There is a gift from God that we do not want. If we’re honest with ourselves, I suspect there are many gifts from God that we don’t want. We enjoy both sin and comfort too much to value all of God’s gifts; we are indicted by our lacklustre enthusiasm for the things of God.
The gift I’d like to focus on is dissatisfaction. There is a spiritual gift of dissatisfaction. And in our comfortable, western, industrialised world we dearly need it.
There’s also something that looks like the spiritual gift of dissatisfaction but is actually the infernal curse of cynicism. I have this one in spades.
Let me flesh out what I mean: if we believe that our world is passing away, that it is in fact groaning in the birth pangs of a better world (Romans 8) then we should compare our lives, our churches, and our societies, with what we understand is coming.
If we believe that the old creation is gone and the new come in Christ’s resurrection (John 20-21), but that the kingdom—the new creation—is also not yet here; that we live in what theologians call realised eschatology and I call the Between, then we must expect to see partial fulfilments of what the world will be like after she is reborn in fire. And we must expect to not see total fulfilments of that pregnant promise.
There’s a sense in which a Christian’s life is orientated towards a future that we only see through a glass, darkly (1 Corinthians 13). Or it’s supposed to be, anyway.
We also desire to see our hearts, our churches, and our cultures, changed and shaped in the direction of the Kingdom here and now before we die. That’s a good desire, and we should expect to see some fulfilments as the Spirit acts on us. As always, God changes churches by changing people. Typically I think he also changes cultures by changing churches—in Leithart’s language “the heavenly city resurrects the cities of men.”
These are good desires. It is good to ask what God requires of us in order to do as we ask. I think there are two criteria for a move of God, one for us and one for him. The requirement that sits with us is found in the logic of baptism in the Spirit. In John 7 Jesus gives one requirement for us to be changed: thirst.
In other words, we must want it. Want requires a precondition: dissatisfaction. If we were all satisfied all the time, then consumer-driven societies would fall over. Instead, advertisers work to make us dissatisfied and help us to covet so that we will buy. It’s a counterfeit version of what God does with a spiritual gift of dissatisfaction. The primary difference is its object. In Godly dissatisfaction I am unhappy with the state of the world, the church, and myself, and therefore want God. My problem is internal, my solution external. In ungodly dissatisfaction my problem is external—my lack of x, which could sound ‘internal’ but sits outside of my self—and the solution internal, or at least within my power: buy the thing.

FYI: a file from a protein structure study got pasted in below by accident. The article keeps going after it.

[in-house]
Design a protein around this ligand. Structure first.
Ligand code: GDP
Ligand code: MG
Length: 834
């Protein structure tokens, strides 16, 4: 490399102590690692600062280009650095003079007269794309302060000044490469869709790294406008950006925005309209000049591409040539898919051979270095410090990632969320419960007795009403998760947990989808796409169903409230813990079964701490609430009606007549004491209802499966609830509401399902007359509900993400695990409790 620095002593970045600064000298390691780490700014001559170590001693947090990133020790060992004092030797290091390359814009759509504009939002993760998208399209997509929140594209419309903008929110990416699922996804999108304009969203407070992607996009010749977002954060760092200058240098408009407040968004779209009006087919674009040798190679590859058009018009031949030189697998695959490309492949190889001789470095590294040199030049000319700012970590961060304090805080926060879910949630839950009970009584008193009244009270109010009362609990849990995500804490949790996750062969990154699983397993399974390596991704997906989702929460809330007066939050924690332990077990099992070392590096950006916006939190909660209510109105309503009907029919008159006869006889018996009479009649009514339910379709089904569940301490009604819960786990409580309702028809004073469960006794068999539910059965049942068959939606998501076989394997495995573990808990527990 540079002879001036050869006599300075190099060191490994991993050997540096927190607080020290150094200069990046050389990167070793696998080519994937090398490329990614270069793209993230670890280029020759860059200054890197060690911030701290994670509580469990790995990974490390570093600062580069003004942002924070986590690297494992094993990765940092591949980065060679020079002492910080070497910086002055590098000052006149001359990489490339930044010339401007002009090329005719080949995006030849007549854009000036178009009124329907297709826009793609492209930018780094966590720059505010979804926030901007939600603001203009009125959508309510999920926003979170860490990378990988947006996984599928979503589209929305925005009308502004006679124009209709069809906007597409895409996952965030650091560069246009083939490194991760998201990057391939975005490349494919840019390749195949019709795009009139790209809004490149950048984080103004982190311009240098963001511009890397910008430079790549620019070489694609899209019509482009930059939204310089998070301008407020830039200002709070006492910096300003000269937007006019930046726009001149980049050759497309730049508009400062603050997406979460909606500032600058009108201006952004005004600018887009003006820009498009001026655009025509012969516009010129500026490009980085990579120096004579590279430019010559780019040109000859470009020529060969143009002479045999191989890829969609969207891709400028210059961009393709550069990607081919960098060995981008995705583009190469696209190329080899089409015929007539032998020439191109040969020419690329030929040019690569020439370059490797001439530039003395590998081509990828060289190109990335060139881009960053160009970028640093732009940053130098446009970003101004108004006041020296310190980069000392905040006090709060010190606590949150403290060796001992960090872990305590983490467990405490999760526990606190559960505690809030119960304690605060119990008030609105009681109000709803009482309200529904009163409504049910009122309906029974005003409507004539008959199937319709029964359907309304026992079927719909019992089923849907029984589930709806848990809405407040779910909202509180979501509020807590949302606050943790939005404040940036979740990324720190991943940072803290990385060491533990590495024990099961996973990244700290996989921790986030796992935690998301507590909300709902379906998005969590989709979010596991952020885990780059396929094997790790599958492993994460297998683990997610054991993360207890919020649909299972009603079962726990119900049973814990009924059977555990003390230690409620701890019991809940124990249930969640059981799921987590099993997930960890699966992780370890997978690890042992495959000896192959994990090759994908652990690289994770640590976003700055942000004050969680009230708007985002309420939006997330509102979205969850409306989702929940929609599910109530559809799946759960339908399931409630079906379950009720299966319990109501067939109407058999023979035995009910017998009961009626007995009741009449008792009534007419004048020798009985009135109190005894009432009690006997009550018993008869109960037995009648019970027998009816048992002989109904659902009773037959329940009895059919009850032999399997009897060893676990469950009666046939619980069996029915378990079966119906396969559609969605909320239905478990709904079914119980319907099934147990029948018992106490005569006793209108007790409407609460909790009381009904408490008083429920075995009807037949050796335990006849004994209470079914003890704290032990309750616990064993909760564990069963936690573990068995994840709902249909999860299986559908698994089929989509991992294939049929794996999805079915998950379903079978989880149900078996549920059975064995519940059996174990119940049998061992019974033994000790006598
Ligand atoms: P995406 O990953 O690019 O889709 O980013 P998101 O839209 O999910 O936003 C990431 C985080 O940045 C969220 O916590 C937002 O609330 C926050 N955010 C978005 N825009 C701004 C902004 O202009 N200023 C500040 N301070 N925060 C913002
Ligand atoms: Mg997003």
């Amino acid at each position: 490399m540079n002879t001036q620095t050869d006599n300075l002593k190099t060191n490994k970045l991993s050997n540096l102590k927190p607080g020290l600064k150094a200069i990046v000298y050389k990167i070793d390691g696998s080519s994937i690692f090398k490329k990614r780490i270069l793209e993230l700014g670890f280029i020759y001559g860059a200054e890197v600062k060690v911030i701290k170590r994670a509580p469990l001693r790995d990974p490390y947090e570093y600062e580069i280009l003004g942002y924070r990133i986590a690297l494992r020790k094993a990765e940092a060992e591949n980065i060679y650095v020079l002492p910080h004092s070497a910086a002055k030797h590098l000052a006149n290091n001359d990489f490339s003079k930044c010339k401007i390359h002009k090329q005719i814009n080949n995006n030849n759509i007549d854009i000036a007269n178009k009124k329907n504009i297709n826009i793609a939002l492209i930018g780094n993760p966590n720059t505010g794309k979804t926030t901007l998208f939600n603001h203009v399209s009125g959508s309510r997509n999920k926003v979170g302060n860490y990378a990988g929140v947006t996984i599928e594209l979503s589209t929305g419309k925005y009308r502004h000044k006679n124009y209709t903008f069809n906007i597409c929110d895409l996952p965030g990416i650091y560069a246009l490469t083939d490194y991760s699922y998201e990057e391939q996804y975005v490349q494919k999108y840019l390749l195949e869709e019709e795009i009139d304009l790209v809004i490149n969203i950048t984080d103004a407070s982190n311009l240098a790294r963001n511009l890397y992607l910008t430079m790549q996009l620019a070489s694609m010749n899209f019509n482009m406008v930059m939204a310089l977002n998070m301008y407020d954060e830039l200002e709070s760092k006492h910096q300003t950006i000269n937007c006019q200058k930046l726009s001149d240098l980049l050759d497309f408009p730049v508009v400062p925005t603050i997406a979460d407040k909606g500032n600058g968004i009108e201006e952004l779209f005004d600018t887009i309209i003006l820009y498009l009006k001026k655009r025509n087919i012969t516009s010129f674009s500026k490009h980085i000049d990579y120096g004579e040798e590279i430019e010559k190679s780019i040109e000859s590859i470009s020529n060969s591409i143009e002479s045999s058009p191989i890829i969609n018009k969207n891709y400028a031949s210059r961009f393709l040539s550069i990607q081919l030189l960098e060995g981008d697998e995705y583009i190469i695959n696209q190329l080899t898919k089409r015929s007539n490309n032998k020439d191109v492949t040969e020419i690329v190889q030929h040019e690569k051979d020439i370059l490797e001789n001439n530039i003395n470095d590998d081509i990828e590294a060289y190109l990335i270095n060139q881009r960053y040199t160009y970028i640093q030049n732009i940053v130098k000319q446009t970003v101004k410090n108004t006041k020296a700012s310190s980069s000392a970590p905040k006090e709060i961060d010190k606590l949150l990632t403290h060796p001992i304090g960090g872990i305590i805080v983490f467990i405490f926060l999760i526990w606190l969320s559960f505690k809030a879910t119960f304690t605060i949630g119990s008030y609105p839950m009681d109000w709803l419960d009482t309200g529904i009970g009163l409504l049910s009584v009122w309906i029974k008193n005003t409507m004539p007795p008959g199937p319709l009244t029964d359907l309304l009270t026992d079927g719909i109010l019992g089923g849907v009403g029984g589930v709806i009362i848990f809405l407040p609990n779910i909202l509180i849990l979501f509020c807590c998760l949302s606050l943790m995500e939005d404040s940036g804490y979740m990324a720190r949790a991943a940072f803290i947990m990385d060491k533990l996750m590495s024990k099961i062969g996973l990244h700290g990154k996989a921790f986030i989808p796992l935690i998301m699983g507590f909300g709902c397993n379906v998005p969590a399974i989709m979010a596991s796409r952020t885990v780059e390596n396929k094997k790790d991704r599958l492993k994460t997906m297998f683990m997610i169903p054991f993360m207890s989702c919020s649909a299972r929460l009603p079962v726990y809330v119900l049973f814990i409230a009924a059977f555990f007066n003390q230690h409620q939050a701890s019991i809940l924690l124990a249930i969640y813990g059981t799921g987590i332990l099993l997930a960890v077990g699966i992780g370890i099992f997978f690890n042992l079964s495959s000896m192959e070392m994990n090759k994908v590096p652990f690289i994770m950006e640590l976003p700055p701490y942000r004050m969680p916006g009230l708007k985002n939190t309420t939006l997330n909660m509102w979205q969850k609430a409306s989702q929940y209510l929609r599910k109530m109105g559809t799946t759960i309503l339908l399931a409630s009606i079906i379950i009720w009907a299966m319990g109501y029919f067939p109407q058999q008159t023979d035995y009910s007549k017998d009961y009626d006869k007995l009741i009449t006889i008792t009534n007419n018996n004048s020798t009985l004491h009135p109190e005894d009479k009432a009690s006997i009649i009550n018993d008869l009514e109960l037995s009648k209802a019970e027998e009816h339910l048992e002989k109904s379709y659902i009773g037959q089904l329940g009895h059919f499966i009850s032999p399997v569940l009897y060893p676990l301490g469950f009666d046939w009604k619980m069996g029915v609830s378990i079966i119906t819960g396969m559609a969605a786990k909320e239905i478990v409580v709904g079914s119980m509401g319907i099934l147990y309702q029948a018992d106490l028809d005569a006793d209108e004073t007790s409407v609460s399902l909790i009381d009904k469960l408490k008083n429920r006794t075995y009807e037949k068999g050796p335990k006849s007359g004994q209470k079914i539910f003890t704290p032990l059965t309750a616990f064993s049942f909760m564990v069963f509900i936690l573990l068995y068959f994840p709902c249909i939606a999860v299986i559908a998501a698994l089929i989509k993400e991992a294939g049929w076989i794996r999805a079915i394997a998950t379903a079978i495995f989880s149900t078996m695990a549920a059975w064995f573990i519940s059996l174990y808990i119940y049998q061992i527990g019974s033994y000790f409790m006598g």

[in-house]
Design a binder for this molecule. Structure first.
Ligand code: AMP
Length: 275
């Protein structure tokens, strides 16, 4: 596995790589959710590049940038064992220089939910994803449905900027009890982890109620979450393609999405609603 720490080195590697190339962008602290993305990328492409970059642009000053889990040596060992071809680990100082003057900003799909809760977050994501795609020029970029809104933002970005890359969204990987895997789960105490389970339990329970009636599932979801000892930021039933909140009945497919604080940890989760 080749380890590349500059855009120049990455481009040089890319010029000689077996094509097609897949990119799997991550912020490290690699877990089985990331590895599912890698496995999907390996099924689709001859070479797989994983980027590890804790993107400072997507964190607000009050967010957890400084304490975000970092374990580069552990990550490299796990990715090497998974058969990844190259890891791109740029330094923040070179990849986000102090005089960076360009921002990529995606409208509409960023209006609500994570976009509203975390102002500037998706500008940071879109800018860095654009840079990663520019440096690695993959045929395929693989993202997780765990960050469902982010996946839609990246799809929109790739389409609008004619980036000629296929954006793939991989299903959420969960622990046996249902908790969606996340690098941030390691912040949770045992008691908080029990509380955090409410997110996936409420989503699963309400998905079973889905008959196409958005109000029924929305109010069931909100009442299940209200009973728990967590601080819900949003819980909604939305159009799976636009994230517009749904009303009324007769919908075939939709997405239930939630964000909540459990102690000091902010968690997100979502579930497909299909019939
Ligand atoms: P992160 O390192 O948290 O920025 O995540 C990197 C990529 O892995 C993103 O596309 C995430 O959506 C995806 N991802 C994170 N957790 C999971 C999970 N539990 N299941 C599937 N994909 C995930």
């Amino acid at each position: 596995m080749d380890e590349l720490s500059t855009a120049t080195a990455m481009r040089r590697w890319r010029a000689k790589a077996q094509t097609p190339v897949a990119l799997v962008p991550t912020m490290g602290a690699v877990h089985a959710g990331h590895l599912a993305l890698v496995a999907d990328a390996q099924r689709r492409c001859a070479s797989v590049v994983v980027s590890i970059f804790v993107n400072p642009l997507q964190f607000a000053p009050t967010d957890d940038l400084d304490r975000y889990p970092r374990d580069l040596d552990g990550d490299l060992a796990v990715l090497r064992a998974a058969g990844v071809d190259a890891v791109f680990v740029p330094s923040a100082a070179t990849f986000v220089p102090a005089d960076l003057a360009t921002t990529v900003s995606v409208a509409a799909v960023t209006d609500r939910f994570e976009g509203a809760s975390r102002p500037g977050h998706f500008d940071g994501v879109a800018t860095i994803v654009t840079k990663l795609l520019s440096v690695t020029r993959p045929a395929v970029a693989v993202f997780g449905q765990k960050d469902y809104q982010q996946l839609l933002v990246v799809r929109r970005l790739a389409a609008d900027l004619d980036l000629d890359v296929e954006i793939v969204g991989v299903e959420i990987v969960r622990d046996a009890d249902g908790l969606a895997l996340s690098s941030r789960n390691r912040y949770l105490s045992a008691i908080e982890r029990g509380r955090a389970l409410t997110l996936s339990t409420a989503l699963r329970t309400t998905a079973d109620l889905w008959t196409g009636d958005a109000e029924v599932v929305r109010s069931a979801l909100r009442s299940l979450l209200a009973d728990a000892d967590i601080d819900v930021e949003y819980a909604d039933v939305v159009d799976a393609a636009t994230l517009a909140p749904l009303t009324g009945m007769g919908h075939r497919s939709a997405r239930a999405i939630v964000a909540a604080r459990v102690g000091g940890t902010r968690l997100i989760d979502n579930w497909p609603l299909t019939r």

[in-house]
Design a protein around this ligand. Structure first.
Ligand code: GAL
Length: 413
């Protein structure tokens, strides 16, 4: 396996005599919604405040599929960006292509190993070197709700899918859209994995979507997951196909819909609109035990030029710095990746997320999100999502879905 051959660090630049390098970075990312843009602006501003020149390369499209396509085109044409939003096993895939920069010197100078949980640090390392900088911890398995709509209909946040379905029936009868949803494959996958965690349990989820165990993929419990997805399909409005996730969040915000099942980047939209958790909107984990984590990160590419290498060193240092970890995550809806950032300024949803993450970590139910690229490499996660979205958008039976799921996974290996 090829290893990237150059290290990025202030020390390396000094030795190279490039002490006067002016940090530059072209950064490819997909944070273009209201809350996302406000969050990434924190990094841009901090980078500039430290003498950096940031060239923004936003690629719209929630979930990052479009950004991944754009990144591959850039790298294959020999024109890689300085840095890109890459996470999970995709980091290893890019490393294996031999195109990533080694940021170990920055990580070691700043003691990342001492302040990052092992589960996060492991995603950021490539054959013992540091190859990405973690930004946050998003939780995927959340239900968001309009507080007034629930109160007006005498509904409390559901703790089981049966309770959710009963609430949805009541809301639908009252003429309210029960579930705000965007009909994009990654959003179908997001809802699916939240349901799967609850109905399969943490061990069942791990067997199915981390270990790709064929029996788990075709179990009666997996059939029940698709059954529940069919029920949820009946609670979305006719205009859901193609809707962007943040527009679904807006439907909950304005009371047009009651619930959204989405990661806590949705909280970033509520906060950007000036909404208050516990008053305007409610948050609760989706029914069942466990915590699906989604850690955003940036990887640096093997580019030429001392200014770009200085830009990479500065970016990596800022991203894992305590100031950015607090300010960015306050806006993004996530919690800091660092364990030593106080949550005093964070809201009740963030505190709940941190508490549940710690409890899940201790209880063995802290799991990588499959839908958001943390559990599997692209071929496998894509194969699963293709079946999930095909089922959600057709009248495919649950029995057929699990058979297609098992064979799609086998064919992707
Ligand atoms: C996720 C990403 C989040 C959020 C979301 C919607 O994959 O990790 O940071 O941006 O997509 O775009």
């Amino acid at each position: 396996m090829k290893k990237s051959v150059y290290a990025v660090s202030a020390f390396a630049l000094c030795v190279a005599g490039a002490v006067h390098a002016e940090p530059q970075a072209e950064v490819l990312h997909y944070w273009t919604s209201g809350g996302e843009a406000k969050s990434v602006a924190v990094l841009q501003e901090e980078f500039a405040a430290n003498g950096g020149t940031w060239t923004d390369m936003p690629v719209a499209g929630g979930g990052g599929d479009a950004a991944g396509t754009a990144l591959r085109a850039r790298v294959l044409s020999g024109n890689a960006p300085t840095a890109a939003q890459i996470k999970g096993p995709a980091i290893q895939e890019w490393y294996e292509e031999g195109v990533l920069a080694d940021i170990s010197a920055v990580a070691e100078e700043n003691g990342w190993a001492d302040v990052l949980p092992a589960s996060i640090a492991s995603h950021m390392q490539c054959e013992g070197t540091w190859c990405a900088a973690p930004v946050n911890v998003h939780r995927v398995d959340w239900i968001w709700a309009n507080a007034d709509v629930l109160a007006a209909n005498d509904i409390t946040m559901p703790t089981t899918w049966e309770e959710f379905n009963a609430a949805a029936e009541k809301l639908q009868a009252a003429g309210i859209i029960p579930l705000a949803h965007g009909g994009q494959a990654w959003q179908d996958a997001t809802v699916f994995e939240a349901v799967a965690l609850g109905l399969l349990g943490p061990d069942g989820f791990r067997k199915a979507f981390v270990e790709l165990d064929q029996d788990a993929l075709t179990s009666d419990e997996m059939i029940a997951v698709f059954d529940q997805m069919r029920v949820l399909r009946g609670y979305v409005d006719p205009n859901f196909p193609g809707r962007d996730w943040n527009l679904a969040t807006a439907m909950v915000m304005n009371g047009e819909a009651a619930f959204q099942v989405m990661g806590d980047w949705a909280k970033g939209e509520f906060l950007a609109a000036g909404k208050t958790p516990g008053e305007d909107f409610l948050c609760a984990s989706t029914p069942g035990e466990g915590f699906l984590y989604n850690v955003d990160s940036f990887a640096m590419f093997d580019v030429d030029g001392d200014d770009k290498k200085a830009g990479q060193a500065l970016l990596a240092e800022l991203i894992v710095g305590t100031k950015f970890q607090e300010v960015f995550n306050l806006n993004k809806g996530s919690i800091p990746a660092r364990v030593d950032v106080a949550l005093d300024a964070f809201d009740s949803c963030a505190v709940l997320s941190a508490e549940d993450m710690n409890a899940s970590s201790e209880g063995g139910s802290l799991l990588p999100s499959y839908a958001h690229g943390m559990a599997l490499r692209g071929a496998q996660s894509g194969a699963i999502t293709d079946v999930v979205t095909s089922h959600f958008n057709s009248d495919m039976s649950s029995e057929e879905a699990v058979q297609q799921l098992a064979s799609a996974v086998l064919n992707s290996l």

The first requirement is thirst. It’s dissatisfaction. The second requirement is entirely out of our control, it’s the will of God. Which is important because we can dearly want to change, or for our churches or cities to change, and nothing seems to happen.
There are two things to say here. Firstly, sometimes we have to wait on the timing of God. We cannot understand this, though we can learn to read something of its contours. Secondly, I think God is working through our thirst when nothing seems to happen. In these trying situations, God is refining our thirsts to ensure they are aimed the right way, and he is slowly shifting our hearts.
As T. S. Eliot puts it in East Coker:
Our only health is the disease,
If we obey the dying nurse
Whose constant care is not to please
But to remind of our, and Adam’s, curse
And that, to be restored, our sickness must grow worse
Our only health is the disease… our sickness must grow worse. The dissatisfaction is a sign of our health. The thirst is a sign of our health.
We must distinguish between this sort of heavy-hearted dissatisfaction that drives us in thirst to God in prayer and then as we change into appropriate action to reform the world around us, from a sort of cynicism that scoffs at problems without being driven to God at all. The first gives life, the second kills it.
We must also learn to hear it in others, their criticism may not be cynical at all but instead informed by a deep-seated thirst for the things of God. Church leaders have to learn to hear the difference. Of course, because we’re confused sin-marred bizarre beings, most of us do both at the same time. Parsing the difference can require careful wisdom.
There’s a bigger problem though than confusing dissatisfaction and cynicism: We’re much too satisfied.
Here in our comfortable, industrialised, peaceful machine-world that we call ‘the West’ it’s easy to be satisfied. Especially if life has generally dealt us a decent enough hand that we’re getting by, which most UK Christians are—which is a statement about the lack of those who are struggling in our churches more than a statement about the country at large.
As Solomon put it, our eyes never have enough of seeing, nor our ears of hearing (Ecclesiastes 1). We are preoccupied. We are contented with our entertainment. We are concerned with our mundane worries.
I think we all understand how and why that happens. I am certainly not exempt from it. But we are largely unconcerned about the state of our hearts, our churches, or our communities.
We need God to unsettle us, to make us dissatisfied with anything but Jesus, and with anything but the age of come. This unsettled longing for an age to come is what the Bible calls joy. It, strangely enough, tends to make contented people, because God satisfies.
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